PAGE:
Webinoly is just the perfect tool for NGINX experts. Give it a try!
0 votes
129 views
by Rookie

I received an email from cloudflare regarding let's encrypt cert chain change. What do we have to do at our end? Here's the email from Cloudflare:

Hi, 

We are reaching out to inform you about an upcoming change that will impact the device compatibility of Let’s Encrypt certificates issued after May 15th, 2024. We are reaching out to you because we identified that you are currently using Let’s Encrypt certificates through Universal SSL, Advanced Certificate Manager, Custom Certificates, or SSL for SaaS. We recommend that you familiarize yourself with the Let’s Encrypt change and make any necessary adjustments ahead of time.

Change Overview

Let’s Encrypt issues certificates through two chains: the ISRG Root X1 chain and the ISRG Root X1 chain cross-signed by IdenTrust’s DST Root CA X3. The cross-signed chain has allowed Let’s Encrypt certificates to become widely trusted, while the pure chain developed compatibility with various devices over the last 3 years, growing the number of Android devices trusting ISRG Root X1 from 66% to 93.9%. 

Let’s Encrypt announced that the cross-signed chain is set to expire on September 30th, 2024. As a result, Cloudflare will stop issuing certificates from the cross-signed CA chain on May 15th, 2024

Impact

The expiration of the cross-signed chain will primarily affect older devices (e.g. Android 7.0 and earlier) and systems that solely rely on the cross-signed chain and lack the ISRG Root X1 chain in their trust store. This change could result in certificate validation failures on these devices, potentially leading to warning messages or access problems for users visiting your website.

Impact to certificates issued through Universal SSL, Advanced Certificate Manager, or SSL for SaaS: 

To prepare for the CA expiration, after May 15th, Cloudflare will no longer issue certificates from the cross-signed chain. Certificates issued before May 15th will continue to be served to clients with the cross-signed chain. Certificates issued on May 15th or after will use the ISRG Root X1 chain. Additionally, this change only impacts RSA certificates. It does not impact ECDSA certificates issued through Let’s Encrypt. ECDSA certificates will maintain the same level of compatibility that they have today.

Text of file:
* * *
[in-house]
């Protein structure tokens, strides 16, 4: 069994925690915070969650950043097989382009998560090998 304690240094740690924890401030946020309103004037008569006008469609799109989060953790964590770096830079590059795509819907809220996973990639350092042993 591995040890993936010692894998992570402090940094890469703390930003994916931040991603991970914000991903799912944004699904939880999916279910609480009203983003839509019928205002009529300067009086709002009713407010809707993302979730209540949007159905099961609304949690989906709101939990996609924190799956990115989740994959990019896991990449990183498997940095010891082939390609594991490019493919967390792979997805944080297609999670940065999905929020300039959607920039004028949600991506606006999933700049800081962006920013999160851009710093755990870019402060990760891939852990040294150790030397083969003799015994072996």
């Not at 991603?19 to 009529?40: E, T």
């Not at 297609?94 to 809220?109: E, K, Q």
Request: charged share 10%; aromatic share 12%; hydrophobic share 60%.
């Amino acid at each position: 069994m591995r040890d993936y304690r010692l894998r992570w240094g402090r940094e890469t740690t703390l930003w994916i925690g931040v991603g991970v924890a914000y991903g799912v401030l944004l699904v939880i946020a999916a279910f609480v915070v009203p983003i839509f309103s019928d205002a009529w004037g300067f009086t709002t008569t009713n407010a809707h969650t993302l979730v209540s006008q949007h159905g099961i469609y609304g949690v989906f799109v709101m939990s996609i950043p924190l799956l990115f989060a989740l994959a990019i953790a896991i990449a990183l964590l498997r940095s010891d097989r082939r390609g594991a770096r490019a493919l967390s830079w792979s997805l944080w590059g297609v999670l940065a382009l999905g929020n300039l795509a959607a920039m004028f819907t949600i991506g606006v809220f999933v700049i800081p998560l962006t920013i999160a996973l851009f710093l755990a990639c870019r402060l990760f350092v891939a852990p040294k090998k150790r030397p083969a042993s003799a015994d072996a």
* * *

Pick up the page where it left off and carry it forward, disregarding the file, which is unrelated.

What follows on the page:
Impact to certificates uploaded through Custom Certificates: 

Certificates uploaded to Cloudflare are bundled with the certificate chain that Cloudflare finds to be the most compatible and efficient. After May 15th, 2024, all Let’s Encrypt certificates uploaded to Cloudflare will be bundled with the ISRG Root X1 chain, instead of the cross-signed chain. Certificates uploaded before May 15th will continue to use the cross-signed chain until that certificate is renewed. 

Important Dates

May 15th, 2024: Cloudflare will stop issuing certificates from the cross-signed CA chain. In addition,  Let’s Encrypt Custom Certificates uploaded after this date will be bundled with the ISRG X1 chain instead of the cross-signed chain. 

September 30th, 2024: The cross-signed CA chain will expire. 

1 Answer

+1 vote
by Expert
Hi Seynt.

Don't worry! This is old news!

Here is the official announcement a little bit better explained: https://letsencrypt.org/2023/07/10/cross-sign-expiration
by Rookie
So webinoly's let's encrypt will still work with cloudflare?
by Expert
In short, what it means is that people using Android 7 (or earlier versions) might experience problems visiting sites with Let's Encrypt certs. It has nothing to do with Webinoly or Cloudflare.
Welcome to the Community site for Webinoly.

Our Optimized LEMP Web Server is a powerful set of commands for doing just about anything you could wish.

With Webinoly you can set up your NGINX web server in just one step.

* * * * * * *

To report a bug, please create a new issue on GitHub or ask a question here with the bug tag.
Webinoly Support Paypal Donations

PayPal · GitHub Sponsors · Bitcoin

It is very important that any visitor to the site read the disclaimer, terms of use and privacy and legal statement before start browsing.

...